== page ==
Learn how to leverage RubberHose, a rigging script for Adobe After Effects, to easily animate characters that are packed with personality.
- [Instructor] Rubber hose animation is an animation style that was first seen in the 1920s. Early examples of animations that used the rubber hose style were Fleischer Studios' Betty Boop. - One, two, three. - [Instructor] She had typically slim and bendy rubber limbs. ♪ Keep your girlish figure ♪ ♪ With a lot of exercise. ♪ Popeye was another popular cartoon from the same studio. - Let me show you how we modern-- Popeye's limbs were still bendy and flexible, like Betty Boop's but they have a little bit more detail in the way of muscle.
- Tex Avery, at MGM, used the rubber hose style of animation for all of his characters. - Loony Toony and Oofty McGoofty. - [Instructor] Daffy Duck is a perfect example of this type of animation. - I'm tellin' ya, he's 100% nuts. - Yeah? - Yeah. - [Instructor] See how fluid his limbs are. This style went out of fashion a bit as companies like Disney promoted a more realistic style of animation. But more examples of this style became popular again in the '90s, with the likes of Ren and Stimpy and the Simpsons.
- So you loved her right from the start. - Hee, hee, hee, yes, absolutely. - Then why no pictures? - [Instructor] Today there's been another huge explosion of rubber hose style animation, since After Effects introduced the Puppet tool and Shape Layers. People also develop strips and plug-ins that could create this style of animation very easily. (upbeat music) One of these tools is RubberHose, a script for After Effects which utilizes the Puppet tools and Shape Layers to rig and animate characters.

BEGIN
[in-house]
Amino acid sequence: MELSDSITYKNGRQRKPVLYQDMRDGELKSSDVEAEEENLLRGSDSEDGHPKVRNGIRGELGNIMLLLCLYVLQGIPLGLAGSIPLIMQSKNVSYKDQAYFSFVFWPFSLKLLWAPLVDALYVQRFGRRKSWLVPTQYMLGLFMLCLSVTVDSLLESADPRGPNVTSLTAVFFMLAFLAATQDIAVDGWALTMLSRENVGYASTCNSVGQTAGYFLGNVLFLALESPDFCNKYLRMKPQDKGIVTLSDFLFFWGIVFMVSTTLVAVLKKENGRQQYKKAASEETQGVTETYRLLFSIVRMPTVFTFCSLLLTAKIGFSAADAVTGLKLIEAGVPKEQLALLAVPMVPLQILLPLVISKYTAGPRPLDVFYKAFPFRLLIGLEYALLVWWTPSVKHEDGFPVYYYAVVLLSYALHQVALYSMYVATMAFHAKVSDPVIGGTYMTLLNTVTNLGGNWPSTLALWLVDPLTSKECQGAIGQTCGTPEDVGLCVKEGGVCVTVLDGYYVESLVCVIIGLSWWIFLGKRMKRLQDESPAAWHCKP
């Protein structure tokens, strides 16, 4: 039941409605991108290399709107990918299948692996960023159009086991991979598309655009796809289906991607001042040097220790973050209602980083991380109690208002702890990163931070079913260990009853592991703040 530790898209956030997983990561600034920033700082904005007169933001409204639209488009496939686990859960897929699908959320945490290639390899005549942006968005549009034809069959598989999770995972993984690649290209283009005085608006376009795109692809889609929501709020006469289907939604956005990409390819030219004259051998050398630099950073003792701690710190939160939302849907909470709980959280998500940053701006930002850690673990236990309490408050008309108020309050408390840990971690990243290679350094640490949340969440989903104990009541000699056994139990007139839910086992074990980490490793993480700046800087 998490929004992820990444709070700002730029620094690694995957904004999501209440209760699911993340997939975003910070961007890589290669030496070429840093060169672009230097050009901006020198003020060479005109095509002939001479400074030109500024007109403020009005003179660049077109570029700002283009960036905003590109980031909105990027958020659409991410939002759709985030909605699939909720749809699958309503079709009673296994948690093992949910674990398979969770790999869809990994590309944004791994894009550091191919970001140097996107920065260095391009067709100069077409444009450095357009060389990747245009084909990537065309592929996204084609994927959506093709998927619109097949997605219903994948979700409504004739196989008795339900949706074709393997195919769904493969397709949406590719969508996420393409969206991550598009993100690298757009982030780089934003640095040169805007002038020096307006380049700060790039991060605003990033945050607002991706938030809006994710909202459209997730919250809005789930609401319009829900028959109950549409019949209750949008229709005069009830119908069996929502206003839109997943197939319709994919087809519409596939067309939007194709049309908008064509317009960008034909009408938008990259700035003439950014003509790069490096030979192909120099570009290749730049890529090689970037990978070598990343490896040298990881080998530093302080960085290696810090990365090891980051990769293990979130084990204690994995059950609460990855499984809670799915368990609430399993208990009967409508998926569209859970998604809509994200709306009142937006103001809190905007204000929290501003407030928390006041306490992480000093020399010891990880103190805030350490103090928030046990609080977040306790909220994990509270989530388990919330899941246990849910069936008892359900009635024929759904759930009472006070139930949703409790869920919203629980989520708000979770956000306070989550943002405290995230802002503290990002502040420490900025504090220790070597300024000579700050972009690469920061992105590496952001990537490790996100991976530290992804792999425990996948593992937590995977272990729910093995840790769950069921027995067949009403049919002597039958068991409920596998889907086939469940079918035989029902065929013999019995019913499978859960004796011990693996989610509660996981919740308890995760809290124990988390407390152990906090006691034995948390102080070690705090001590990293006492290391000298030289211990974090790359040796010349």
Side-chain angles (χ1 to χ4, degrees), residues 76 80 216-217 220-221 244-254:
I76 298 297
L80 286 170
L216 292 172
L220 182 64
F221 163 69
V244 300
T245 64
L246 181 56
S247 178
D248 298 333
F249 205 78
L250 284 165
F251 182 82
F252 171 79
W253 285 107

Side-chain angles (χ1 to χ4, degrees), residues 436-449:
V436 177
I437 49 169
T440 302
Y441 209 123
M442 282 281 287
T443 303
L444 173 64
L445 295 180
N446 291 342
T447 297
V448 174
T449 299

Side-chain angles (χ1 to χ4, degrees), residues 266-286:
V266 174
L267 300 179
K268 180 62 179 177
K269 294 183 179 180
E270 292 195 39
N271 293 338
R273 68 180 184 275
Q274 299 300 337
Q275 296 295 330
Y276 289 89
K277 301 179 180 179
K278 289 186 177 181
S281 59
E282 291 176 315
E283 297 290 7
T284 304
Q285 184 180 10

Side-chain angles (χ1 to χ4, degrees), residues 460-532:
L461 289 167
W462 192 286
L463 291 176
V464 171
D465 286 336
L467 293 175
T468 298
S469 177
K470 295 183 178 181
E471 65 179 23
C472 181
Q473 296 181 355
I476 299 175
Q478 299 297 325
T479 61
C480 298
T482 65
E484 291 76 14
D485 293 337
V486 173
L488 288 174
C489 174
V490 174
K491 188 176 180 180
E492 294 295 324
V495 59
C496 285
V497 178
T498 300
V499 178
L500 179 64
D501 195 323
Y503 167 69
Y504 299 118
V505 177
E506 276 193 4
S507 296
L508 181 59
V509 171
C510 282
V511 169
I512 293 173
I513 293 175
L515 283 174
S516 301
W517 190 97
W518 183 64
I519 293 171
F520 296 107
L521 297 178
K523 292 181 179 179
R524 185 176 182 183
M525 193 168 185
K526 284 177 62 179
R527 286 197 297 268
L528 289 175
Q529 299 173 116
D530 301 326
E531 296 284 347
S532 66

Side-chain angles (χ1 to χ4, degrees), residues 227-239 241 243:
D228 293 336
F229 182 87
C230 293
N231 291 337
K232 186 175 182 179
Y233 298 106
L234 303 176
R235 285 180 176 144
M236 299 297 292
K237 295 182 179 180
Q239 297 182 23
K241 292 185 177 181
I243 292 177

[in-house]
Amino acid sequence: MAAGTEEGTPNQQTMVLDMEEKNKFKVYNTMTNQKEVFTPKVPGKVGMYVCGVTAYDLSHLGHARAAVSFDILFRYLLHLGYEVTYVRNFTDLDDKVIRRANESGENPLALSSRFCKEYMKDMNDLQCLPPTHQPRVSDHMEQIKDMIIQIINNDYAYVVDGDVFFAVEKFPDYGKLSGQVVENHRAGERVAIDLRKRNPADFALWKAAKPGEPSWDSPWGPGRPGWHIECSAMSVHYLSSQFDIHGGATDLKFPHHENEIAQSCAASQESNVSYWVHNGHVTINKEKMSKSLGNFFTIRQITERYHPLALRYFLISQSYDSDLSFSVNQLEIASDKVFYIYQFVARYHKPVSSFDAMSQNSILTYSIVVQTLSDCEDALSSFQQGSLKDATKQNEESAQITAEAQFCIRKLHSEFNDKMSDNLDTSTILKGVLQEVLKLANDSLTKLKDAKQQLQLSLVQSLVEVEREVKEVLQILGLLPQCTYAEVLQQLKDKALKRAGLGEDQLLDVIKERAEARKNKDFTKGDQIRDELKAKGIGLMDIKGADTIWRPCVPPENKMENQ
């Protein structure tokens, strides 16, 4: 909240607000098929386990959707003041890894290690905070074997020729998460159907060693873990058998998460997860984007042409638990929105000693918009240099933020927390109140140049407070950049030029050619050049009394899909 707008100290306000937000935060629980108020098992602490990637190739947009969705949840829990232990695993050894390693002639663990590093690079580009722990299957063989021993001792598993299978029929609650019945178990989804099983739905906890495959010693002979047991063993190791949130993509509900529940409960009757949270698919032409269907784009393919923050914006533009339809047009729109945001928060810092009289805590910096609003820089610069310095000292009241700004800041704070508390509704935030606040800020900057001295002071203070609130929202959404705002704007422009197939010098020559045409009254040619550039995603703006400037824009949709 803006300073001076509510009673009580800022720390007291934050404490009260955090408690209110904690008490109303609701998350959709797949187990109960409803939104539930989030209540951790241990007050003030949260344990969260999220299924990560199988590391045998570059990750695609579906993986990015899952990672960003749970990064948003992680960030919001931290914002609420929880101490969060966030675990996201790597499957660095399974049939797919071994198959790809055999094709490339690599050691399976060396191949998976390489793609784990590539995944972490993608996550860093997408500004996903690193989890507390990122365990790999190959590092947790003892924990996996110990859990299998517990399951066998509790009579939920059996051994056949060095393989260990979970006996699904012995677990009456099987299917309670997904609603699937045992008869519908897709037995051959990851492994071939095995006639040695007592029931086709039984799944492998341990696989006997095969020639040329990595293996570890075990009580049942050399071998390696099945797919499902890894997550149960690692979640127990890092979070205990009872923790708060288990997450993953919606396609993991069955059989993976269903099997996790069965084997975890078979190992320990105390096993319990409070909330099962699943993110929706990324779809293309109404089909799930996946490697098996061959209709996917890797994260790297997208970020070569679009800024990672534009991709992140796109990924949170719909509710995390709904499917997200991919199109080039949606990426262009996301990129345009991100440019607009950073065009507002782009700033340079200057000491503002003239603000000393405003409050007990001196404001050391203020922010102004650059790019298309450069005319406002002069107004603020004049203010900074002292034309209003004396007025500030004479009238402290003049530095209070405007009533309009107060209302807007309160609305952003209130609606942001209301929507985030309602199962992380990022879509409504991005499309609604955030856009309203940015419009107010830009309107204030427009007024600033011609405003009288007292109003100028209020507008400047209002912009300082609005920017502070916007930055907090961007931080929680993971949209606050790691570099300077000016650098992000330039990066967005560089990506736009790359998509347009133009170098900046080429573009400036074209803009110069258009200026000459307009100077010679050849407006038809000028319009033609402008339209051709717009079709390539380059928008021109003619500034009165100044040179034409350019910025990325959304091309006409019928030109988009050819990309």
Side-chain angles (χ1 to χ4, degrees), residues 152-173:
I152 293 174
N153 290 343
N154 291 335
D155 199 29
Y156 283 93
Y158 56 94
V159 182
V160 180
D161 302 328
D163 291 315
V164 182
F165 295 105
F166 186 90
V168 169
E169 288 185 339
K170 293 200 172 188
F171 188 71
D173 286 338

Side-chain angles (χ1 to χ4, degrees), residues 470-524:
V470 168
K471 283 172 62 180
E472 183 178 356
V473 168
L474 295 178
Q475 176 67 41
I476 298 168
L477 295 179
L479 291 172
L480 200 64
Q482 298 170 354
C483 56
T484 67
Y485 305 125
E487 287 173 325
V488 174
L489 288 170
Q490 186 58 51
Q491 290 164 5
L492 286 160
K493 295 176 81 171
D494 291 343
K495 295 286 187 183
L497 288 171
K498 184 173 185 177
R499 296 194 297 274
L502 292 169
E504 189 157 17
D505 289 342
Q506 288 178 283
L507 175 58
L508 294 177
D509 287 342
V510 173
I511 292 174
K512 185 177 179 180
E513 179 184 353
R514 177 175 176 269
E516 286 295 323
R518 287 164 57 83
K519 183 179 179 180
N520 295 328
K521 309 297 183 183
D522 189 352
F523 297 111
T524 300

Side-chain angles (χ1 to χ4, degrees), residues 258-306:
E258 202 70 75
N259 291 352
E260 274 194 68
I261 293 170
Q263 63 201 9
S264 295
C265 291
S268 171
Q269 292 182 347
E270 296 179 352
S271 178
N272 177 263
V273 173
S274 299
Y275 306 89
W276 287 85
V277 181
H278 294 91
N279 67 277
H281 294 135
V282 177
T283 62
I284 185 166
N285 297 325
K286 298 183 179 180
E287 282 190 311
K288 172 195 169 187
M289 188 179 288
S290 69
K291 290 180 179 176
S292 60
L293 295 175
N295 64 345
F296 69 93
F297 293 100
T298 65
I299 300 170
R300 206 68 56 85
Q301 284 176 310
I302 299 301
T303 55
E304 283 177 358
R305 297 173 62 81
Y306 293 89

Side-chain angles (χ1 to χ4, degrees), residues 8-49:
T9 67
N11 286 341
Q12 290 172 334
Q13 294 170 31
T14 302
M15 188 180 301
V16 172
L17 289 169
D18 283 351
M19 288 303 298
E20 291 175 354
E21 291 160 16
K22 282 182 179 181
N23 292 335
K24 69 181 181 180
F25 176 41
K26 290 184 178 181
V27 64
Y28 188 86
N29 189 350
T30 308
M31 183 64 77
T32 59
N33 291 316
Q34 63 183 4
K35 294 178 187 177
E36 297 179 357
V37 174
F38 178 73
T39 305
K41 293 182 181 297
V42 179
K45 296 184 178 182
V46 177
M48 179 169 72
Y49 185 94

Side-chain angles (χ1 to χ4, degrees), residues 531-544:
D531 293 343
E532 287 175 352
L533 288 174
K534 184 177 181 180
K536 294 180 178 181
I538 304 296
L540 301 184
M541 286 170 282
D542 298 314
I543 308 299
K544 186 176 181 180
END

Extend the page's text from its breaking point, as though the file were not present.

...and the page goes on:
This software is easy to use and very reasonably priced. Along with Duik, it's revolutionized the animation and motion graphics industry. To follow along with this workshop, just download and install it, and you'll be ready to follow along with the tutorials within. There are clear instructions on how to do this on the RubberHose website. (upbeat music) Learn how to use RubberHose Genius IK system. Just drag the character's hand and watch as the arm follows, bending naturally.
I'll show you how to create an easy walk cycle with RubberHose. We'll discuss how the principles of animation can be applied to make your animation more dynamic. Finally, we'll place our walking character into a looping animated scene, and I'll also point you in the right direction for further learning resources. So let's get animating.
- Creating and duplicating a RubberHose arm
- Creating RubberRig legs
- Simplifying your composition
- Creating an easy walk cycle with RubberHose and Motion Sketch
- Adding bounce with body movement
- Using Starch and effects settings for greater control
- Placing the character into an animated scene